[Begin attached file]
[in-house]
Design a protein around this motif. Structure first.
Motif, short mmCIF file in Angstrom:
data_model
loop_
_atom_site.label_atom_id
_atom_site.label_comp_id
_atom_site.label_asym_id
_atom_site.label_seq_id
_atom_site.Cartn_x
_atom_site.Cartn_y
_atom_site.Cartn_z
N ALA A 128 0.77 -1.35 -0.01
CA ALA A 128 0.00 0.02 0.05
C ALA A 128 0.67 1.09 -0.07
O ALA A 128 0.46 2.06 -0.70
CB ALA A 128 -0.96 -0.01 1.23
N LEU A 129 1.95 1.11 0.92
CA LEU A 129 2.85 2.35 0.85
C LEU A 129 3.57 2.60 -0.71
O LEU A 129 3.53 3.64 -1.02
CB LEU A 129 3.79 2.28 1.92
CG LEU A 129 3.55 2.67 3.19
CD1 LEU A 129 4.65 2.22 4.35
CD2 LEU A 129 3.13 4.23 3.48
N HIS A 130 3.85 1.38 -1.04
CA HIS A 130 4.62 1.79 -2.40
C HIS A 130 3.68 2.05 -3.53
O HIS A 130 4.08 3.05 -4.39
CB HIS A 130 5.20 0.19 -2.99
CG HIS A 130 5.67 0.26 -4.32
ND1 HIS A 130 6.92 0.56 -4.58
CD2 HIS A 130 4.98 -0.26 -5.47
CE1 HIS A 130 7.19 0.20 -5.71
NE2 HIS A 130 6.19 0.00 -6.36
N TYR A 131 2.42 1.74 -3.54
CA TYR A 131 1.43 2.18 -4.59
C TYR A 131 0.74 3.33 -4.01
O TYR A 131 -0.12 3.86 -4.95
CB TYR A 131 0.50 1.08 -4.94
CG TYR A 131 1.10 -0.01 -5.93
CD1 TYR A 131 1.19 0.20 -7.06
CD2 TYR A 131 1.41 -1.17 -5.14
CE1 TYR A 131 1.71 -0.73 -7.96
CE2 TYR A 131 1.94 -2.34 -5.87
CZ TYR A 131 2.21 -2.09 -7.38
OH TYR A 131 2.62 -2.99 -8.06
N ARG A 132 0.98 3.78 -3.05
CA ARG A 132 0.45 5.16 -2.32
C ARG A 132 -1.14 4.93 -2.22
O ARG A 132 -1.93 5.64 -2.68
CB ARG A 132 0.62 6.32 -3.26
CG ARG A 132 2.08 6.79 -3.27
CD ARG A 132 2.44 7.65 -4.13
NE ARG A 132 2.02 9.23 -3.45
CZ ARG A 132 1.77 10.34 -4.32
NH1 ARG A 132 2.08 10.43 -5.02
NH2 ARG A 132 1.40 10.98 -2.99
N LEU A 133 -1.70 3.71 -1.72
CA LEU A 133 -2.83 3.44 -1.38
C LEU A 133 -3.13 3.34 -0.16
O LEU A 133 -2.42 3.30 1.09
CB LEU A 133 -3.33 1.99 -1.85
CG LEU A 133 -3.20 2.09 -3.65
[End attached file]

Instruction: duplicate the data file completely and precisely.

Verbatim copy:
[in-house]
Design a protein around this motif. Structure first.
Motif, short mmCIF file in Angstrom:
data_model
loop_
_atom_site.label_atom_id
_atom_site.label_comp_id
_atom_site.label_asym_id
_atom_site.label_seq_id
_atom_site.Cartn_x
_atom_site.Cartn_y
_atom_site.Cartn_z
N ALA A 128 0.77 -1.35 -0.01
CA ALA A 128 0.00 0.02 0.05
C ALA A 128 0.67 1.09 -0.07
O ALA A 128 0.46 2.06 -0.70
CB ALA A 128 -0.96 -0.01 1.23
N LEU A 129 1.95 1.11 0.92
CA LEU A 129 2.85 2.35 0.85
C LEU A 129 3.57 2.60 -0.71
O LEU A 129 3.53 3.64 -1.02
CB LEU A 129 3.79 2.28 1.92
CG LEU A 129 3.55 2.67 3.19
CD1 LEU A 129 4.65 2.22 4.35
CD2 LEU A 129 3.13 4.23 3.48
N HIS A 130 3.85 1.38 -1.04
CA HIS A 130 4.62 1.79 -2.40
C HIS A 130 3.68 2.05 -3.53
O HIS A 130 4.08 3.05 -4.39
CB HIS A 130 5.20 0.19 -2.99
CG HIS A 130 5.67 0.26 -4.32
ND1 HIS A 130 6.92 0.56 -4.58
CD2 HIS A 130 4.98 -0.26 -5.47
CE1 HIS A 130 7.19 0.20 -5.71
NE2 HIS A 130 6.19 0.00 -6.36
N TYR A 131 2.42 1.74 -3.54
CA TYR A 131 1.43 2.18 -4.59
C TYR A 131 0.74 3.33 -4.01
O TYR A 131 -0.12 3.86 -4.95
CB TYR A 131 0.50 1.08 -4.94
CG TYR A 131 1.10 -0.01 -5.93
CD1 TYR A 131 1.19 0.20 -7.06
CD2 TYR A 131 1.41 -1.17 -5.14
CE1 TYR A 131 1.71 -0.73 -7.96
CE2 TYR A 131 1.94 -2.34 -5.87
CZ TYR A 131 2.21 -2.09 -7.38
OH TYR A 131 2.62 -2.99 -8.06
N ARG A 132 0.98 3.78 -3.05
CA ARG A 132 0.45 5.16 -2.32
C ARG A 132 -1.14 4.93 -2.22
O ARG A 132 -1.93 5.64 -2.68
CB ARG A 132 0.62 6.32 -3.26
CG ARG A 132 2.08 6.79 -3.27
CD ARG A 132 2.44 7.65 -4.13
NE ARG A 132 2.02 9.23 -3.45
CZ ARG A 132 1.77 10.34 -4.32
NH1 ARG A 132 2.08 10.43 -5.02
NH2 ARG A 132 1.40 10.98 -2.99
N LEU A 133 -1.70 3.71 -1.72
CA LEU A 133 -2.83 3.44 -1.38
C LEU A 133 -3.13 3.34 -0.16
O LEU A 133 -2.42 3.30 1.09
CB LEU A 133 -3.33 1.99 -1.85
CG LEU A 133 -3.20 2.09 -3.65